Domestic violence remains on the rise

Published 8:29 am Saturday, October 28, 2017

By Dawn Burleigh


Orange Police responded to three cases of domestic violence in a 24 hour period.

In one case, a woman was found unresponsive at 2 East Sunset after being beaten by her long time boyfriend, Jerry Williams, 28, of Orange.

Williams was served with a murder warrant after Stormy Stanley, 28, was pronounced deceased on Wednesday.

A second case, on Tuesday, a woman reported a family member hit her in the head after a verbal disagreement. As she was fleeing, the person threw a knife at her. The case remains under investigation.

A third case, a couple traveling from Houston to Florida stopped at a convenience store on Farm to Market Road 1442. The woman was hiding in the bathroom as the man fled to the top of the embankment of the underpass of the Interstate nearby. The man had become upset with the woman and started hitting her and tried to prevent her from leaving the vehicle. According to a police report, he told her he was going to kill her and she would never get to Florida. The man had a history of domestic violence and physically abusing her in the past according to what the woman told officers at the scene.

She was transported to the hospital for treatment. He was charged with assault family violence, terroristic threats, and unlawful restraint.

In 2016, 146 women in the state of Texas were killed by a male intimate partner in 55 counties. The victim is not the only one affected by such deaths as those women, those also impacted were 24 family members and friends, and 183 children lost a parent.

While Harris c County had the most deaths with 28, one woman was killed in Orange County in 2016.

At least 40-percent of the women killed in 2016 had attempted to end or in the process of leaving the relationship when the deaths occurred.

Family Services of Southeast Texas takes the stance that domestic violence is a learned behavior.

“They don’t have the tools to know a healthy relationship,” Family Services of Southeast Texas Community Relations Director Angie Kannada said. “Abuse is about controlling another person. They need to know a person is not an object.”

Family Services of Southeast Texas has a Battering Intervention and Prevention program which focuses on educating the batterer on the nature of family violence, changing beliefs and attitudes that lead to violence.

“The program is successful,” Kannada said.

The organization also has a shelter for women in need of such services. While group was founded in 1931, the primary purpose at the time was for food and other resources. Since the late 1970s and early 1980s, the organization has focused on domestic violence.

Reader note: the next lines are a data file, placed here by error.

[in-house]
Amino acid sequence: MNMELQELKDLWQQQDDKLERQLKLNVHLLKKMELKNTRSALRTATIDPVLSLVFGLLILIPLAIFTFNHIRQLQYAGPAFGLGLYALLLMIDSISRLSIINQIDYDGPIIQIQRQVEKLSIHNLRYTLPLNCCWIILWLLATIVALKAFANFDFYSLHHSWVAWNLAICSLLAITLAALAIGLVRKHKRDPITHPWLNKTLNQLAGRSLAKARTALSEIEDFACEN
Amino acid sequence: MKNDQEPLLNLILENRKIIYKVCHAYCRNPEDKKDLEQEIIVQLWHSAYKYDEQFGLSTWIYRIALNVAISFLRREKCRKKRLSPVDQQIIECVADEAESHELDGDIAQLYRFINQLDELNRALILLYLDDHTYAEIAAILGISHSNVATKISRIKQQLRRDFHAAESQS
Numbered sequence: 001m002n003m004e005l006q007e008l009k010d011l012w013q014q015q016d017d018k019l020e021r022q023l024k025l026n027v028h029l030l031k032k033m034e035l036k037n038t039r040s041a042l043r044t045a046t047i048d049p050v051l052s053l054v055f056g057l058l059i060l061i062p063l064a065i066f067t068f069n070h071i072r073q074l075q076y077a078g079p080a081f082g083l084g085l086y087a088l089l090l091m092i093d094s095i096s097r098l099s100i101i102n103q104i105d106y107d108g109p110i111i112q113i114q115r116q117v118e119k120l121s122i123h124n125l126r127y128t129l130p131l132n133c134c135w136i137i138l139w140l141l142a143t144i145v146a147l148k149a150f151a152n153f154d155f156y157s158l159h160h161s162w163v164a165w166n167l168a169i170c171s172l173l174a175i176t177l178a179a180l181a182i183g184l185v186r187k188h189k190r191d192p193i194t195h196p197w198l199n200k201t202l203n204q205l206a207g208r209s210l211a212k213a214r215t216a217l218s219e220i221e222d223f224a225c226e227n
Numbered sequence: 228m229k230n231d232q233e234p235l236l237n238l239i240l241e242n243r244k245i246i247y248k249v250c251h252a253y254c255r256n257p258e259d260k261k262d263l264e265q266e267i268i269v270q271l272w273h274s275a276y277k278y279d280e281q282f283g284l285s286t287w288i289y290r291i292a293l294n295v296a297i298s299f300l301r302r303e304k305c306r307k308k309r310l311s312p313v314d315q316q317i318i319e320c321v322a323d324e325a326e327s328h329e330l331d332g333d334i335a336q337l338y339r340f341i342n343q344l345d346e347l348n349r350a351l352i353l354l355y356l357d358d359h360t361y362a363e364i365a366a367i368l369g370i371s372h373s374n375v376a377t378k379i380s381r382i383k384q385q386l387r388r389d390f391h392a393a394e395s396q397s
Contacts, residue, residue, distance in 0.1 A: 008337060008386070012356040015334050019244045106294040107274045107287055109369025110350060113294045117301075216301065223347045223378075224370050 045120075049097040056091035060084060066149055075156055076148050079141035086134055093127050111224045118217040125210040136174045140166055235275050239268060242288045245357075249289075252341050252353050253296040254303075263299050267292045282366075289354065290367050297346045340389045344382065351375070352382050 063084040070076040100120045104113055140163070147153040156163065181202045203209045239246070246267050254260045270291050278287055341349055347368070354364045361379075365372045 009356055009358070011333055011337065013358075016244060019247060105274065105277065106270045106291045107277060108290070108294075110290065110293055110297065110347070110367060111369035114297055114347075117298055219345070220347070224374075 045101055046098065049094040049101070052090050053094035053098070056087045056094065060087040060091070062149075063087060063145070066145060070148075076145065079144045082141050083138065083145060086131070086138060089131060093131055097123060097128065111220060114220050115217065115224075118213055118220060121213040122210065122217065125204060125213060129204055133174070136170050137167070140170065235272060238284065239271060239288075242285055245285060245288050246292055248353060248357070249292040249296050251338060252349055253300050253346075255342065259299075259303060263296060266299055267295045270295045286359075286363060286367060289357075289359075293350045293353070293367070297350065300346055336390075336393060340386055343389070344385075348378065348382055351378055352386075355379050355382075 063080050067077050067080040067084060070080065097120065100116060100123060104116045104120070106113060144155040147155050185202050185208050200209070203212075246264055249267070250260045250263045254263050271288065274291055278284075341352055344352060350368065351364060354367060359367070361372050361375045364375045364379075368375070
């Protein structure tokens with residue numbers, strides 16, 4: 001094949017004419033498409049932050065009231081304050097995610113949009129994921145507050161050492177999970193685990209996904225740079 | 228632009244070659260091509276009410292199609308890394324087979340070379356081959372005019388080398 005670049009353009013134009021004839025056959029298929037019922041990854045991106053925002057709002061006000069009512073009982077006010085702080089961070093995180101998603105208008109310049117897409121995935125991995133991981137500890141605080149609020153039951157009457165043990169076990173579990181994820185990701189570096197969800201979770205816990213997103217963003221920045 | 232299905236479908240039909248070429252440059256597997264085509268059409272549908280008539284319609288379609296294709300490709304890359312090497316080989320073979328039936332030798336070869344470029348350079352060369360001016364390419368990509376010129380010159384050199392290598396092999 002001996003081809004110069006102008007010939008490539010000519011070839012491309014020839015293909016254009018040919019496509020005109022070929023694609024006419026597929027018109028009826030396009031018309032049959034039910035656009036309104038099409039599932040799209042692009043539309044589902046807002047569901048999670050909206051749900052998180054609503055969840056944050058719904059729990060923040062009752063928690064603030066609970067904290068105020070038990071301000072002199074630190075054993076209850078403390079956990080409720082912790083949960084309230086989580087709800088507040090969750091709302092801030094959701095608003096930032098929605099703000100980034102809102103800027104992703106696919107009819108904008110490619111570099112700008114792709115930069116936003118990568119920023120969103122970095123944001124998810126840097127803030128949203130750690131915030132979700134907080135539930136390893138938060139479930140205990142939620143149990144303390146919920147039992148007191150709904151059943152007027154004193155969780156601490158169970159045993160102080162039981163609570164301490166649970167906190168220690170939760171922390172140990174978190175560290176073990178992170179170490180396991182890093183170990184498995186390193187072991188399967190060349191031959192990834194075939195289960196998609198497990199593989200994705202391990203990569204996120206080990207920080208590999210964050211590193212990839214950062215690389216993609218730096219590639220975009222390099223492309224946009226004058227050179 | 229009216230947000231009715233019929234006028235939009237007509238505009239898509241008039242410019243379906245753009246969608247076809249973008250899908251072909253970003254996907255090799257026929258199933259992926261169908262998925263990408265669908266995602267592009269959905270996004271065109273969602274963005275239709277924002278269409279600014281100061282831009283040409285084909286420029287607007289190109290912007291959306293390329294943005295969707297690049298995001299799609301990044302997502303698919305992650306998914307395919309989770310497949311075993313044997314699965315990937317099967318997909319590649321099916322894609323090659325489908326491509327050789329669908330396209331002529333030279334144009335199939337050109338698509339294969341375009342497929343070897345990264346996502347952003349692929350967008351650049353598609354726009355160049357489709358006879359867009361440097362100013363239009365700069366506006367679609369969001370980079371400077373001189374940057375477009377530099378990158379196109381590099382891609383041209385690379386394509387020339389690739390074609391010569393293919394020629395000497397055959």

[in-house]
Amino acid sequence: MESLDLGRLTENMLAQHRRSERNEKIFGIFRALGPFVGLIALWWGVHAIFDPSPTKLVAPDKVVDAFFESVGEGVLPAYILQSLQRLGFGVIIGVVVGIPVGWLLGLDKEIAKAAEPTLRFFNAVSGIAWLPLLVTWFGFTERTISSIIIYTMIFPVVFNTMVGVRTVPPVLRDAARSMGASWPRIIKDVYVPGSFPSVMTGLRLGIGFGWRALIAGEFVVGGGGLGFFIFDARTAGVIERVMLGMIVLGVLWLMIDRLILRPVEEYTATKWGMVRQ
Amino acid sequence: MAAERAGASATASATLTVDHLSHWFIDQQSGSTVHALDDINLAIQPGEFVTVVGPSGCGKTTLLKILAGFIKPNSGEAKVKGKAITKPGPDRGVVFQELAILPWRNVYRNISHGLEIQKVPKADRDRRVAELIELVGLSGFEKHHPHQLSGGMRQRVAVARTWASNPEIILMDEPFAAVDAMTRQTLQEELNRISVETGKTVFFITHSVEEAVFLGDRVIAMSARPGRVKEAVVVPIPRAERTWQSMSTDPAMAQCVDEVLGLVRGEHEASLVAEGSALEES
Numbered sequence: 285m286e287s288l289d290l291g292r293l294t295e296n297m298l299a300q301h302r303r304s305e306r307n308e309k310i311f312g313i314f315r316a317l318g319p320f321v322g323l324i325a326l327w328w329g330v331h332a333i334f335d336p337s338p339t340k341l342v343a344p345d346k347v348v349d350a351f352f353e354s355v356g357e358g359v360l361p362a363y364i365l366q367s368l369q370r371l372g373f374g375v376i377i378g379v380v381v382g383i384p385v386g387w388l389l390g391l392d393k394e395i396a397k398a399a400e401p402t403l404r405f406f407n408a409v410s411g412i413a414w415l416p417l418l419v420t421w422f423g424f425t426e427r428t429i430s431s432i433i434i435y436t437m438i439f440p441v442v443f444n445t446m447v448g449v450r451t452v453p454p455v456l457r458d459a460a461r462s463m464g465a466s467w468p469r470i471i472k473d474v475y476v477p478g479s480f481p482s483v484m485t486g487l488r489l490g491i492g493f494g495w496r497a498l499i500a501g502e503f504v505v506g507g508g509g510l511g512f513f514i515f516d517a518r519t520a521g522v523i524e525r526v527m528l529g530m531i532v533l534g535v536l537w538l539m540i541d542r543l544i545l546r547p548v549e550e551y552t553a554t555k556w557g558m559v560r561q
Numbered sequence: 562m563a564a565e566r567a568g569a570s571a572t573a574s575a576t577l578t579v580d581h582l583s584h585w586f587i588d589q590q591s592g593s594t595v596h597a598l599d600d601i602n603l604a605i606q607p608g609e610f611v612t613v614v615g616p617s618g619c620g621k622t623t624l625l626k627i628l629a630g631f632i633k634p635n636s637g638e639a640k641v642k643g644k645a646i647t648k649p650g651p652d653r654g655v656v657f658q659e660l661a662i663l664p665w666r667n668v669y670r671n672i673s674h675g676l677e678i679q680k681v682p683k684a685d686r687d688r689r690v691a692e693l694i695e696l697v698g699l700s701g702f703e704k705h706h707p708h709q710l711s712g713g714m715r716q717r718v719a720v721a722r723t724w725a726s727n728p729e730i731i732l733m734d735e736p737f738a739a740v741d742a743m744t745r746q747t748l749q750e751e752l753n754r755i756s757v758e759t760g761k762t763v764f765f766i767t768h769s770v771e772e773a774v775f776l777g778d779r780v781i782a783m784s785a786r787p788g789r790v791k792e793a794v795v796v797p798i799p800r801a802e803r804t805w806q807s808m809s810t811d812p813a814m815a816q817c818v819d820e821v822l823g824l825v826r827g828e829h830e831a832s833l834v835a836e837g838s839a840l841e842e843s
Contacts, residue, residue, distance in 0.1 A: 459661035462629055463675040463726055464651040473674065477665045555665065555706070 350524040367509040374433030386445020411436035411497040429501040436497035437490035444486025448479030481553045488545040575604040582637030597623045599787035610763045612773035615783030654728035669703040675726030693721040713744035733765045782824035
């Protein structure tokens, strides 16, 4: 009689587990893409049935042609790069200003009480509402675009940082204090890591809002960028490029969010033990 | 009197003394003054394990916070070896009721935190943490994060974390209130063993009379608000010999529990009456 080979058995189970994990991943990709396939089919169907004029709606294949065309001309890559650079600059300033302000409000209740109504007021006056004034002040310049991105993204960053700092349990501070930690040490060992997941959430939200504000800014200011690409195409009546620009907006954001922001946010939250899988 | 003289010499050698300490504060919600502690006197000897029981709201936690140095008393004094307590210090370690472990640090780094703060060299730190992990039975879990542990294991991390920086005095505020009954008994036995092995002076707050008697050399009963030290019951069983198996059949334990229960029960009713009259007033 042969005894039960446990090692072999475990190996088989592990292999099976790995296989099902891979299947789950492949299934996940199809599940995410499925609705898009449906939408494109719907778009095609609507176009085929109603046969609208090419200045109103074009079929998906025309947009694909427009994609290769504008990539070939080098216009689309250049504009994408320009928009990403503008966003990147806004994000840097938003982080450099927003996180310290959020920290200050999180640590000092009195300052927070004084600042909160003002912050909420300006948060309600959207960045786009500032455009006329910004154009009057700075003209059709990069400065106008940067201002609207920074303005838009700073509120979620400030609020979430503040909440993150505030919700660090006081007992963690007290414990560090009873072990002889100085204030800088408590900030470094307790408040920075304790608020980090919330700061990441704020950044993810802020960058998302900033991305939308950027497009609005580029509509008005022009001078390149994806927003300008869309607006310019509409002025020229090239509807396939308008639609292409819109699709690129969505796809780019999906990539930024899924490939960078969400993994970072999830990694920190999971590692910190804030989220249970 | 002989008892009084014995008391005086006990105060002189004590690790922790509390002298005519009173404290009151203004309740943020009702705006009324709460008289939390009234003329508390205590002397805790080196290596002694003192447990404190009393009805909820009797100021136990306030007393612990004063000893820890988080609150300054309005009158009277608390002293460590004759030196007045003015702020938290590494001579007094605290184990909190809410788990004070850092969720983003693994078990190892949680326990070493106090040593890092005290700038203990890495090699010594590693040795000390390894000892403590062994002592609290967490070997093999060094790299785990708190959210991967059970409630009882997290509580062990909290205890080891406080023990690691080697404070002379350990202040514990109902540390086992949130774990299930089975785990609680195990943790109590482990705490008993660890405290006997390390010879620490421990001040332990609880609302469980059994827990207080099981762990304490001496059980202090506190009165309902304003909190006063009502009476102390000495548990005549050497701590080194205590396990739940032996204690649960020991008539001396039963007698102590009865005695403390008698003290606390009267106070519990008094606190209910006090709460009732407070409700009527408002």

“We have always about serving families,” Kannada said. “We serve Hardin, Jefferson and Orange Counties.”

In the early days, the shelter was a house but has since become a facility with the ability to house 65-75 people.

“It is an emergency shelter where the women can stay for 30-90 days,” Kannada said. “We assist in helping them find housing, having a safety plan and legal advocacy.”

A transitional unit is also available for women in need of staying longer.

However, one does not need to wait to be in a crisis situation with their significant other to reach out to Family Services of Southeast Texas.

“They can call us at the beginning stages of the abuse,” Kannada said. “The hotline is available 24 hours, seven days a week. We can help talk them through. Many people do not realize the many kinds of abuse.”

Abusers can use :

  • Coercion and threats
  • Intimidation
  • Emotional abuse
  • Isolation
  • Minimizing, denying, and blaming
  • The children
  • Male privilege, such as treating her like a servant, making all the big decisions, being the one to define male and female roles
  • Economic abuse such as preventing or keeping her from keeping a job, or making her ask for money, taking her money

“They can do what is called gaslighting,” Kannada said. “They can make her feel like she is overreacting, crazy and start questioning her own judgment all in attempt to isolate her and leave her without a support system.”

Kannada added the need for the services Family Services of Southeast Texas provides is still growing.

“It’s an issue people don’t talk about,” Kannada said.

The organization will not turn anyone who is suffering from domestic violence and do not have to be in a crisis situation to receive services.

“So many think they have to be in a crisis situation where their lives are in danger to qualify but they do not,” Kannada said.

The 24 hour hotline number is 1-800-621-8882.

For someone to speak about domestic violence, the signs and prevention, at an event, call 409-832-7575.